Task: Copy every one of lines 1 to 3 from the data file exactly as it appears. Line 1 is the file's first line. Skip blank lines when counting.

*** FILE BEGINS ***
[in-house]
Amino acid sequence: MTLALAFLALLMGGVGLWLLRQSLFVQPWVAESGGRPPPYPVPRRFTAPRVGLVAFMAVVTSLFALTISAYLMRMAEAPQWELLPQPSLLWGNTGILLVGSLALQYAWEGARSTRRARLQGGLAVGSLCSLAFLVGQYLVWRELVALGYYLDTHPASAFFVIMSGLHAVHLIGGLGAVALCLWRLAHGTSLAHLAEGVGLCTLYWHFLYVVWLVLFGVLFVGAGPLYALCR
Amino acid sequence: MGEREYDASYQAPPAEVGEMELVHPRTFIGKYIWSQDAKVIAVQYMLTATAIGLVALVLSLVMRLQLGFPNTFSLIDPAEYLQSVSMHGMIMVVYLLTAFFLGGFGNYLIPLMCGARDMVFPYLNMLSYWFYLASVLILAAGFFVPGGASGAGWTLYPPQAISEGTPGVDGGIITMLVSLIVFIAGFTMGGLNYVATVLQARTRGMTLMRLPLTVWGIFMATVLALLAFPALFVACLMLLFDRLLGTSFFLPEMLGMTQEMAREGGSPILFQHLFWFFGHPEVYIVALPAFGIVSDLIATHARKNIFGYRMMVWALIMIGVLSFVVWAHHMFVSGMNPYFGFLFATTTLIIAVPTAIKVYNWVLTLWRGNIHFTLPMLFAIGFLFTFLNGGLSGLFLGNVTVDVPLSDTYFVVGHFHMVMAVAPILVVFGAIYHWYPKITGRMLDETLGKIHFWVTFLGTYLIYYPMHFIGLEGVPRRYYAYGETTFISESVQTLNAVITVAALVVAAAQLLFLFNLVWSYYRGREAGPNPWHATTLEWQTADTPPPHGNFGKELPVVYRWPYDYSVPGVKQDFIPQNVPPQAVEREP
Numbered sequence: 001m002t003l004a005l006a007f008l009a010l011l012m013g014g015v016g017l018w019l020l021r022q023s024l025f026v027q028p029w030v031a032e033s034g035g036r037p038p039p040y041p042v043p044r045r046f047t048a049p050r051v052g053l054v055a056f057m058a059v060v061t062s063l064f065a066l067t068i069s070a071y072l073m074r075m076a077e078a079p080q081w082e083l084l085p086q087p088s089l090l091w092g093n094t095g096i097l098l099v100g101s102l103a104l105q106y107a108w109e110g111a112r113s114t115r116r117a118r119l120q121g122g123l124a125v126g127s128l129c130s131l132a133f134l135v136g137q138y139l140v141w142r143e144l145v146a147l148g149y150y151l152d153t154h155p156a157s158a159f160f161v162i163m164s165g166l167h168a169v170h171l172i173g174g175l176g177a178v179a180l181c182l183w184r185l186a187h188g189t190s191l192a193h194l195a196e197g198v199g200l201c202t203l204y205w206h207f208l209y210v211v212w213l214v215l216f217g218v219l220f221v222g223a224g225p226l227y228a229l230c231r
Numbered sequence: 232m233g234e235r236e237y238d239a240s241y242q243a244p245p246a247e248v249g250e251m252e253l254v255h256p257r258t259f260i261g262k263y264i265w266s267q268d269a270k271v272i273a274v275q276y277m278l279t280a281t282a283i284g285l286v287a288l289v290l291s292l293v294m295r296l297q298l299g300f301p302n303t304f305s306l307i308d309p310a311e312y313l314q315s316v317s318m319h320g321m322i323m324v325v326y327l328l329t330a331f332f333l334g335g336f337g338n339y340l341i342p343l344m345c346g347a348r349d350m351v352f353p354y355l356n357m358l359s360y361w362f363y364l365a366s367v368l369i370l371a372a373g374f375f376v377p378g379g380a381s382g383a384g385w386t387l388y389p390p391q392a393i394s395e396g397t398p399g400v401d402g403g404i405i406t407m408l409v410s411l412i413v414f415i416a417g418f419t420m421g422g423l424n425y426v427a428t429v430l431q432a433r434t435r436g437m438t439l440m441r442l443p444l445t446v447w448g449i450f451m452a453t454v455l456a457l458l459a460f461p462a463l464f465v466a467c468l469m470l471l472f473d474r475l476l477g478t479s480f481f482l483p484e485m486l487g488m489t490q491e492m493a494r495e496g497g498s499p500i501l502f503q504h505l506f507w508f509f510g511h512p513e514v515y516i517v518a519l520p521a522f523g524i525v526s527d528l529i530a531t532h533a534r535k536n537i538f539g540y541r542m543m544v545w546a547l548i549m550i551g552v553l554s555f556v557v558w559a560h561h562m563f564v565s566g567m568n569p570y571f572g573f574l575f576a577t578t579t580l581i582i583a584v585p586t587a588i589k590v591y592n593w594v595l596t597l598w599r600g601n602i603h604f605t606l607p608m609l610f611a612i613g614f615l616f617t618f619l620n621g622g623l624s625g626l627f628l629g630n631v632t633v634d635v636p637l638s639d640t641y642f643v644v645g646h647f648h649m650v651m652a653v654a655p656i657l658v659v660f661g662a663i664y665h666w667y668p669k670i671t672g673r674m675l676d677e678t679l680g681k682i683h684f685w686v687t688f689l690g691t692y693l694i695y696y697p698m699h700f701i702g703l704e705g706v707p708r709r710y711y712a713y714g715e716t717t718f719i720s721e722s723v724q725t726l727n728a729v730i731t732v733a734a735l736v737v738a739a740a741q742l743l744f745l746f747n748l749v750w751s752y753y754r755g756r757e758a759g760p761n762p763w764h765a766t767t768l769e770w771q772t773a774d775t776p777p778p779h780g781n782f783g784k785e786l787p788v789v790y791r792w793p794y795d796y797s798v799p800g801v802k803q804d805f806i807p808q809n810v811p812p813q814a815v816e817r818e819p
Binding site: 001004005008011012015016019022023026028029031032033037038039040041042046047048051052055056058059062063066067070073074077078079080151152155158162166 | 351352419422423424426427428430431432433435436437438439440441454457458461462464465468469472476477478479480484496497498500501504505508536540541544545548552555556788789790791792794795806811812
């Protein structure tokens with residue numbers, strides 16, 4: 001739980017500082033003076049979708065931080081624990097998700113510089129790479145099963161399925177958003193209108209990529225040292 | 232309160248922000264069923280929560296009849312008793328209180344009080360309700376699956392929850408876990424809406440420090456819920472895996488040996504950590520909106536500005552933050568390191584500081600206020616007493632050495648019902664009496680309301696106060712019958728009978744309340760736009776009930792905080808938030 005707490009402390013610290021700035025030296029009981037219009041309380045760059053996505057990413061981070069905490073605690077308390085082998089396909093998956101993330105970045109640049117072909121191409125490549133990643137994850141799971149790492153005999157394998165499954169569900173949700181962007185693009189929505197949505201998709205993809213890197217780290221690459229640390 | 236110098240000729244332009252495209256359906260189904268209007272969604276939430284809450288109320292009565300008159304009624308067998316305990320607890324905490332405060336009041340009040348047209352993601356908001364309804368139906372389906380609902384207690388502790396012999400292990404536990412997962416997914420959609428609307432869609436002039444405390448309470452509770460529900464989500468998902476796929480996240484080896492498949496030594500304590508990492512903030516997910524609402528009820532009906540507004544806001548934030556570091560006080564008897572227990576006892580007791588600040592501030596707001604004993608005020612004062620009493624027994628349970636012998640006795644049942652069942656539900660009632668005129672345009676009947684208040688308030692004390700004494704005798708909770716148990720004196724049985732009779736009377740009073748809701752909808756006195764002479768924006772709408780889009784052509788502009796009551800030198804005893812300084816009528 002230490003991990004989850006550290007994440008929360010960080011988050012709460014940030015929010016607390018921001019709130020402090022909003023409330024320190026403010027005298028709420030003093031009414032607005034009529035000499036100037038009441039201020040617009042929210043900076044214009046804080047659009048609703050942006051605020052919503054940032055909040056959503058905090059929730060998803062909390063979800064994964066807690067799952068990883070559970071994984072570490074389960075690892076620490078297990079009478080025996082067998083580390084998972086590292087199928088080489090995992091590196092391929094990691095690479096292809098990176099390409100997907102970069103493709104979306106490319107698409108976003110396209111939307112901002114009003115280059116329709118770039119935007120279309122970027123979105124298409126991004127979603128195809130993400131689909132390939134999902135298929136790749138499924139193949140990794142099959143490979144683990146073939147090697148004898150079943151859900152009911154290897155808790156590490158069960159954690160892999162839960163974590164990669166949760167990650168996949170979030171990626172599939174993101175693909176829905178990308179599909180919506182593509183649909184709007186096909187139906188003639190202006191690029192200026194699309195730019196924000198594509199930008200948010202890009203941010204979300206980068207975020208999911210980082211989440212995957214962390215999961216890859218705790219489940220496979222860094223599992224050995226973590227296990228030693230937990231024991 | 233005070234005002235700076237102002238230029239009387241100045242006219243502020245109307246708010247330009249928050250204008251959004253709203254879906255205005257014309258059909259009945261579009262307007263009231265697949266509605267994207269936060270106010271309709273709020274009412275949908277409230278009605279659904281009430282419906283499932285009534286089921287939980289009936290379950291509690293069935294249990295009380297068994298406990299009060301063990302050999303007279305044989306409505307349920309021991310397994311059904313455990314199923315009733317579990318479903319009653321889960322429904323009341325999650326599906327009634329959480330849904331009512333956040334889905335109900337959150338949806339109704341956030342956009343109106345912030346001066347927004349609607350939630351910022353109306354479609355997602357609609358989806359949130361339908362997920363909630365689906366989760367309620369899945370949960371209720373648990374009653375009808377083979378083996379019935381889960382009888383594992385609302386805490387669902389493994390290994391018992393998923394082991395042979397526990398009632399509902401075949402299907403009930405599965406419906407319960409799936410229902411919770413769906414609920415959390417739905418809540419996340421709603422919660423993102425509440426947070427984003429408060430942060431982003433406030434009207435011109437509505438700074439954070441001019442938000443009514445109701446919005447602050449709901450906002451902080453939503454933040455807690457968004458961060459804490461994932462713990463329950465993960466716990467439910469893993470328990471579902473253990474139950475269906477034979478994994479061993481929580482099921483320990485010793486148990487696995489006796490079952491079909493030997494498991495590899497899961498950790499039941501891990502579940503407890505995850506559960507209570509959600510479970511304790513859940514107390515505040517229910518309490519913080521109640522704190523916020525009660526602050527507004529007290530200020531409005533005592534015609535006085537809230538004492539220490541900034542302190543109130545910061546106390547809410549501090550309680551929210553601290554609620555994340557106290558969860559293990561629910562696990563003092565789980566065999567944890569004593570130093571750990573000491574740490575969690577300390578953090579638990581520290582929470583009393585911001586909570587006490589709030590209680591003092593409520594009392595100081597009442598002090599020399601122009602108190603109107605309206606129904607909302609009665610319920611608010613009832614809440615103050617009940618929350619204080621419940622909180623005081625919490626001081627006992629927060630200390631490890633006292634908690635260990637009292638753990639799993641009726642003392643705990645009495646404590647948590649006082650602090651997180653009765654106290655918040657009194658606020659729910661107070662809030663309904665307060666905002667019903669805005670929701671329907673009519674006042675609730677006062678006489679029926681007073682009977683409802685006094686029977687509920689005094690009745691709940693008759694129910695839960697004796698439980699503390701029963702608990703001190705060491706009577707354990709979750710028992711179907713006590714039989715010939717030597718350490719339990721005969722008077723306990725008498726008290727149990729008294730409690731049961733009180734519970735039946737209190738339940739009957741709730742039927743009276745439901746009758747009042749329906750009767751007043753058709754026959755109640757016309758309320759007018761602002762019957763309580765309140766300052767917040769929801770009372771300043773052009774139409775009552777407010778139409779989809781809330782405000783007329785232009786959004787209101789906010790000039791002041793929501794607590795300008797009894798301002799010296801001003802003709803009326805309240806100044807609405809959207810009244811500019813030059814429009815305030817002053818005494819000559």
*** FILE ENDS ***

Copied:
[in-house]
Amino acid sequence: MTLALAFLALLMGGVGLWLLRQSLFVQPWVAESGGRPPPYPVPRRFTAPRVGLVAFMAVVTSLFALTISAYLMRMAEAPQWELLPQPSLLWGNTGILLVGSLALQYAWEGARSTRRARLQGGLAVGSLCSLAFLVGQYLVWRELVALGYYLDTHPASAFFVIMSGLHAVHLIGGLGAVALCLWRLAHGTSLAHLAEGVGLCTLYWHFLYVVWLVLFGVLFVGAGPLYALCR
Amino acid sequence: MGEREYDASYQAPPAEVGEMELVHPRTFIGKYIWSQDAKVIAVQYMLTATAIGLVALVLSLVMRLQLGFPNTFSLIDPAEYLQSVSMHGMIMVVYLLTAFFLGGFGNYLIPLMCGARDMVFPYLNMLSYWFYLASVLILAAGFFVPGGASGAGWTLYPPQAISEGTPGVDGGIITMLVSLIVFIAGFTMGGLNYVATVLQARTRGMTLMRLPLTVWGIFMATVLALLAFPALFVACLMLLFDRLLGTSFFLPEMLGMTQEMAREGGSPILFQHLFWFFGHPEVYIVALPAFGIVSDLIATHARKNIFGYRMMVWALIMIGVLSFVVWAHHMFVSGMNPYFGFLFATTTLIIAVPTAIKVYNWVLTLWRGNIHFTLPMLFAIGFLFTFLNGGLSGLFLGNVTVDVPLSDTYFVVGHFHMVMAVAPILVVFGAIYHWYPKITGRMLDETLGKIHFWVTFLGTYLIYYPMHFIGLEGVPRRYYAYGETTFISESVQTLNAVITVAALVVAAAQLLFLFNLVWSYYRGREAGPNPWHATTLEWQTADTPPPHGNFGKELPVVYRWPYDYSVPGVKQDFIPQNVPPQAVEREP